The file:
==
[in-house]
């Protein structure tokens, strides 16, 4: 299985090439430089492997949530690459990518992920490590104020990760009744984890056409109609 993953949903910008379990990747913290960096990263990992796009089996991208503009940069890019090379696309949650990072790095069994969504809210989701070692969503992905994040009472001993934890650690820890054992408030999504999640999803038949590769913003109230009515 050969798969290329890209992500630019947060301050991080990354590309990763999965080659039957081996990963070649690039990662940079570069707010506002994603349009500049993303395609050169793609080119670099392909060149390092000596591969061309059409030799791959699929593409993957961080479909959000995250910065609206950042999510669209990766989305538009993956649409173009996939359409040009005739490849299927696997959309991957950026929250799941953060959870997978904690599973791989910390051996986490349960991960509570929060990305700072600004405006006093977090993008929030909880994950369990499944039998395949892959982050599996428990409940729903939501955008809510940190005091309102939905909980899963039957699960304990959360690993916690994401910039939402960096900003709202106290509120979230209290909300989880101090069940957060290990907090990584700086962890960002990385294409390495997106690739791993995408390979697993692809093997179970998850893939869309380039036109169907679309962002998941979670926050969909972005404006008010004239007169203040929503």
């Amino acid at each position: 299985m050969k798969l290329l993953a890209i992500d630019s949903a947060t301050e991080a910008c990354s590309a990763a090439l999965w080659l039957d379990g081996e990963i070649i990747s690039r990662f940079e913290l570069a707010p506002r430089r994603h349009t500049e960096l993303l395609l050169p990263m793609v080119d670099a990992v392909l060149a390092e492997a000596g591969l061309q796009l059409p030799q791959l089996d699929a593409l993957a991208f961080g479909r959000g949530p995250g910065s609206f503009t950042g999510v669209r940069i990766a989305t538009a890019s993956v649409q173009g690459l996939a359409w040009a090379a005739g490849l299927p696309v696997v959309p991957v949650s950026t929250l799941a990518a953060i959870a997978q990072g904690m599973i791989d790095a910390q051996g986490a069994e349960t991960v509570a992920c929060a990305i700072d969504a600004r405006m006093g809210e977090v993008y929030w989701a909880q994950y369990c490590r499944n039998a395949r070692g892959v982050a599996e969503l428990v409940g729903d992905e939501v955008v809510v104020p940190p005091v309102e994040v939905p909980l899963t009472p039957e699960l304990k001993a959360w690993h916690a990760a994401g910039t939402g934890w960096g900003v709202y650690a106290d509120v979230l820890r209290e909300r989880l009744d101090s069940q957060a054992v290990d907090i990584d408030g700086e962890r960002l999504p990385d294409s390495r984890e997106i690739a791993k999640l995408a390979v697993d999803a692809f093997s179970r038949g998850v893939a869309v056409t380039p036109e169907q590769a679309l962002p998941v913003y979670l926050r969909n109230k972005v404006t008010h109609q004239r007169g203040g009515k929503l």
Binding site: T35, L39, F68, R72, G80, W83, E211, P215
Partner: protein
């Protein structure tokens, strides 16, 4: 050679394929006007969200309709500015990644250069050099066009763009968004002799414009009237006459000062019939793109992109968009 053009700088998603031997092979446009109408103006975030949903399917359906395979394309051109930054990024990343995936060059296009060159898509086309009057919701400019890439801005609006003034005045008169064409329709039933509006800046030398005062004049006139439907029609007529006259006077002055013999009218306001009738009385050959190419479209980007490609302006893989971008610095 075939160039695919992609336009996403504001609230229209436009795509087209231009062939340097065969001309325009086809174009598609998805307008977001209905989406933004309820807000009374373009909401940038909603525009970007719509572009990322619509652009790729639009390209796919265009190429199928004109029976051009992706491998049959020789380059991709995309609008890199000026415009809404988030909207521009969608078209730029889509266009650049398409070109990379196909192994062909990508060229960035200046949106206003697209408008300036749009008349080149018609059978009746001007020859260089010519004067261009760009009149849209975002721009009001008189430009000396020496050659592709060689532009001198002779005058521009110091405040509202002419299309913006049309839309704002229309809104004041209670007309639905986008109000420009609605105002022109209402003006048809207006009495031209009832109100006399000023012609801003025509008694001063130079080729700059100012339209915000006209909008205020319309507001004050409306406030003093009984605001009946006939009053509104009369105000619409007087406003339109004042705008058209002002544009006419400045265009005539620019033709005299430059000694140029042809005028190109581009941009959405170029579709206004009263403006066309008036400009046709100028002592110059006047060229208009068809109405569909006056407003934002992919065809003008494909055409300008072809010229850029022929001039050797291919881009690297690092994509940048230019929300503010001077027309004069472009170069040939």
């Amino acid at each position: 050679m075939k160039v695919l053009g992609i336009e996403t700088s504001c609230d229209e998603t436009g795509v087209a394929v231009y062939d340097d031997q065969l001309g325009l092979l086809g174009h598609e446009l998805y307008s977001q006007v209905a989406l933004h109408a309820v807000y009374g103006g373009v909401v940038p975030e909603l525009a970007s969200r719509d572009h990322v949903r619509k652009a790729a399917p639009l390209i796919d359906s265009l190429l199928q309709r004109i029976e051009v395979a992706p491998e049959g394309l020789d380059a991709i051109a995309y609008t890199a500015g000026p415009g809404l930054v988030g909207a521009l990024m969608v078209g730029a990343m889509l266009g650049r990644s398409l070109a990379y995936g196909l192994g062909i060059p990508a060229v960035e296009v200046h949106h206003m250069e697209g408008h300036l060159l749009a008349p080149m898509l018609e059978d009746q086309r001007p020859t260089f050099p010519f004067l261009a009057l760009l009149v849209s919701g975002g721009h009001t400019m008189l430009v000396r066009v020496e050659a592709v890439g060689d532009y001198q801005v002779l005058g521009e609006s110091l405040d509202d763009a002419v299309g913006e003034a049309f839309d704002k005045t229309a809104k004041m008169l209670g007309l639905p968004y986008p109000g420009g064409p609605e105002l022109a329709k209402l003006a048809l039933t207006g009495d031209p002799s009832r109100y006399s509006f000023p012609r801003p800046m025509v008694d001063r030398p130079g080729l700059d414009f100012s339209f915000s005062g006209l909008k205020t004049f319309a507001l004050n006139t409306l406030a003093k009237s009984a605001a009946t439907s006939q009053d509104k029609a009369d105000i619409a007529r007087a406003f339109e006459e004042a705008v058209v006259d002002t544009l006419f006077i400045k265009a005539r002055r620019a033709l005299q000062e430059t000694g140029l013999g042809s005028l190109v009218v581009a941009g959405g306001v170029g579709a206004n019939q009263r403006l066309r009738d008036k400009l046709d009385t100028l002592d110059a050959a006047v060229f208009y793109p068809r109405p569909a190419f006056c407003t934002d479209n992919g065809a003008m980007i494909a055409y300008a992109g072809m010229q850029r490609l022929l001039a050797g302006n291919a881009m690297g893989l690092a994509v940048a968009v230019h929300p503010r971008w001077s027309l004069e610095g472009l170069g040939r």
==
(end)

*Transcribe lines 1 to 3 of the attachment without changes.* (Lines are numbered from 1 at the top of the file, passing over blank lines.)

[in-house]
């Protein structure tokens, strides 16, 4: 299985090439430089492997949530690459990518992920490590104020990760009744984890056409109609 993953949903910008379990990747913290960096990263990992796009089996991208503009940069890019090379696309949650990072790095069994969504809210989701070692969503992905994040009472001993934890650690820890054992408030999504999640999803038949590769913003109230009515 050969798969290329890209992500630019947060301050991080990354590309990763999965080659039957081996990963070649690039990662940079570069707010506002994603349009500049993303395609050169793609080119670099392909060149390092000596591969061309059409030799791959699929593409993957961080479909959000995250910065609206950042999510669209990766989305538009993956649409173009996939359409040009005739490849299927696997959309991957950026929250799941953060959870997978904690599973791989910390051996986490349960991960509570929060990305700072600004405006006093977090993008929030909880994950369990499944039998395949892959982050599996428990409940729903939501955008809510940190005091309102939905909980899963039957699960304990959360690993916690994401910039939402960096900003709202106290509120979230209290909300989880101090069940957060290990907090990584700086962890960002990385294409390495997106690739791993995408390979697993692809093997179970998850893939869309380039036109169907679309962002998941979670926050969909972005404006008010004239007169203040929503």
């Amino acid at each position: 299985m050969k798969l290329l993953a890209i992500d630019s949903a947060t301050e991080a910008c990354s590309a990763a090439l999965w080659l039957d379990g081996e990963i070649i990747s690039r990662f940079e913290l570069a707010p506002r430089r994603h349009t500049e960096l993303l395609l050169p990263m793609v080119d670099a990992v392909l060149a390092e492997a000596g591969l061309q796009l059409p030799q791959l089996d699929a593409l993957a991208f961080g479909r959000g949530p995250g910065s609206f503009t950042g999510v669209r940069i990766a989305t538009a890019s993956v649409q173009g690459l996939a359409w040009a090379a005739g490849l299927p696309v696997v959309p991957v949650s950026t929250l799941a990518a953060i959870a997978q990072g904690m599973i791989d790095a910390q051996g986490a069994e349960t991960v509570a992920c929060a990305i700072d969504a600004r405006m006093g809210e977090v993008y929030w989701a909880q994950y369990c490590r499944n039998a395949r070692g892959v982050a599996e969503l428990v409940g729903d992905e939501v955008v809510v104020p940190p005091v309102e994040v939905p909980l899963t009472p039957e699960l304990k001993a959360w690993h916690a990760a994401g910039t939402g934890w960096g900003v709202y650690a106290d509120v979230l820890r209290e909300r989880l009744d101090s069940q957060a054992v290990d907090i990584d408030g700086e962890r960002l999504p990385d294409s390495r984890e997106i690739a791993k999640l995408a390979v697993d999803a692809f093997s179970r038949g998850v893939a869309v056409t380039p036109e169907q590769a679309l962002p998941v913003y979670l926050r969909n109230k972005v404006t008010h109609q004239r007169g203040g009515k929503l």